Chapter 13: Differentation - Endnotes


  1. Schierenberg, E. "Cell Determination during Early Embryogenesis of the Nematode Caenorhabditis elegans." in Molecular Biology of Development: Cold Spring Harbor Symposia on Quantitative Biology, Vol L, Cold Spring Harbor Laboratory, Cold Spring Harbor, 1985. pp. 59-68.

  2. Hirsh, D. K.J. Kemphues, D.T. Stinchcomb and R. Jefferson. "Genes Affecting Early Development in Caenorhabditis elegans." Molecular Biology of Development: Cold Spring Harbor Symposia on Quantitative Biology, Vol L, Cold Spring Harbor Laboratory, Cold Spring Harbor, 1985. pp. 69-78.

  3. Sulston, J.E., E. Schierenberg, J. White, and N. Thomson. 1983. "The Embryonic cell lineage of the nematode Caenorhabditis elegans". Dev. Biol. 100:64.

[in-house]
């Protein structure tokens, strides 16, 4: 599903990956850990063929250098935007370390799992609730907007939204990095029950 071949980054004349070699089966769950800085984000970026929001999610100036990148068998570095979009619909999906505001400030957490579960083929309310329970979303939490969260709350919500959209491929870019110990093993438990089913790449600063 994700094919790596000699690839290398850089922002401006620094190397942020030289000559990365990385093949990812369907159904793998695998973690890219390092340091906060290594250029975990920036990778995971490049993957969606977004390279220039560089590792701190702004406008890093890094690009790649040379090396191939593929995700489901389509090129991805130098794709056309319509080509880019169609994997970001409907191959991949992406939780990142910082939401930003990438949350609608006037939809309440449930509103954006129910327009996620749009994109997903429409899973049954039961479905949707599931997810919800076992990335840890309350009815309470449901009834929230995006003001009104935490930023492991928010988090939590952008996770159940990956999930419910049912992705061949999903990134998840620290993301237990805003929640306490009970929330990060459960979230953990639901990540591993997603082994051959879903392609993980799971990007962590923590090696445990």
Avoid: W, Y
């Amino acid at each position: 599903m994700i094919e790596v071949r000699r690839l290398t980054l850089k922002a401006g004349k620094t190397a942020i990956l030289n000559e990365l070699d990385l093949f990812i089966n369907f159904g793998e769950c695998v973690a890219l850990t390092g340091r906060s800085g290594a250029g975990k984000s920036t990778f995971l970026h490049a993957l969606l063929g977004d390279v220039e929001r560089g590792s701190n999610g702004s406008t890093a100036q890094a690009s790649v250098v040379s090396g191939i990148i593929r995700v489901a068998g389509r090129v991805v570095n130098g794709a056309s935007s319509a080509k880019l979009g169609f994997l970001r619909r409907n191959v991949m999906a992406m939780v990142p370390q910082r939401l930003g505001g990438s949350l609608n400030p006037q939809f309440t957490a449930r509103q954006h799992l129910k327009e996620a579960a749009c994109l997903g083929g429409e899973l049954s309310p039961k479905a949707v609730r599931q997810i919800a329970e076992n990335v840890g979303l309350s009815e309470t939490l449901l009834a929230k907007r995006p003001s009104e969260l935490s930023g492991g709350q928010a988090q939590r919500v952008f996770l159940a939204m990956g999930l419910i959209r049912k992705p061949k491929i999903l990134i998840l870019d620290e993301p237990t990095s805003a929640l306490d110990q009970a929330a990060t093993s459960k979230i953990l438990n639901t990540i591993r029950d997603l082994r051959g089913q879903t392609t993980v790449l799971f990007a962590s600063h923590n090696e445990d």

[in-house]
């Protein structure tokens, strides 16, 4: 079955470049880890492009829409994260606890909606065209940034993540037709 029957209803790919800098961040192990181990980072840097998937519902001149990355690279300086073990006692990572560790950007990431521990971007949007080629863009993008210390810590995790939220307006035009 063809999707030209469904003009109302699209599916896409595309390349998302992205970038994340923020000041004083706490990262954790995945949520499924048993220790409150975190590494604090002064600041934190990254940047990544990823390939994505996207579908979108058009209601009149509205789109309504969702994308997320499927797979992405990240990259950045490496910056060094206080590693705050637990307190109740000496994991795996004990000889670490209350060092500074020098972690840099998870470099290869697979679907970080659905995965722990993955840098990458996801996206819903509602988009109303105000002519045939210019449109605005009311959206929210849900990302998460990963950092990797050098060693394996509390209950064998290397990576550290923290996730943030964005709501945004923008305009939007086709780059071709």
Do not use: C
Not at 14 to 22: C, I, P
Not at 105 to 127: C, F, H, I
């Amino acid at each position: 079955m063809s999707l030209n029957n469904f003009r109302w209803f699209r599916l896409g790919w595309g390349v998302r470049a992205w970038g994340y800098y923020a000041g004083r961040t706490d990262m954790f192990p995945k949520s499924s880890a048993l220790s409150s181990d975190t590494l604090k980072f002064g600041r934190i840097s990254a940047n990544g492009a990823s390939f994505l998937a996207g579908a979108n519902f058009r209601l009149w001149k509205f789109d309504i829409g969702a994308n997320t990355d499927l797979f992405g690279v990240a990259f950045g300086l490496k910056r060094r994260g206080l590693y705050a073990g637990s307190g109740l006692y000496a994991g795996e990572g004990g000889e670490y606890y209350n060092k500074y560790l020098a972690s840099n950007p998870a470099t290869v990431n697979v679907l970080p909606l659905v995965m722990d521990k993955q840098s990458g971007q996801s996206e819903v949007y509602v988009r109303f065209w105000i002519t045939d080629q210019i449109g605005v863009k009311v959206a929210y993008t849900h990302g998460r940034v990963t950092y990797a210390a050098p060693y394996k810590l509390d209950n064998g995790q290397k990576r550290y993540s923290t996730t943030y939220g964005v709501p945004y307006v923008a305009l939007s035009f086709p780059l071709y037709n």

4. Fixsen, W., P. Sternberg, H. Ellis and R. Horvitz. "Genes That Affect Cell Fates during the Development of Caenorhabditis elegans". in Molecular Biology of Development: Cold Spring Harbor Symposia on Quantitative Biology, Vol L, Cold Spring Harbor Laboratory, Cold Spring Harbor, 1985. pp 99-104.

  5. Sobota A.E. and Partanen, C.R. 1966. "The growth and division of cells in relation to morphogenesis in fern gametophytes. I. Photomorphogenetic studies in Pteridium aquilinum". Canad. Jour. Bot. 44:497-506.

  6. Miller, J.H., and Miller, P.M. 1961. "The effect of different light conditions and sucrose on the growth and development of the fern, Onoclea sensibilis" Amer. Jour. Bot. 48:154-159.

  7. Davis, B.D. 1968. "Effect of light quality on the transition to two-dimensional growth by gametophytes of Pteridium aquilinum". Bulletin Torrey Bot. Club 95:31-36.

  8. Bonner, J.T. 1947. J. Exp. Zool. 106,1.

  9. Bonner, J.T. 1967. The Cellular Slime Moulds. 4, Princeton University Press, Princeton.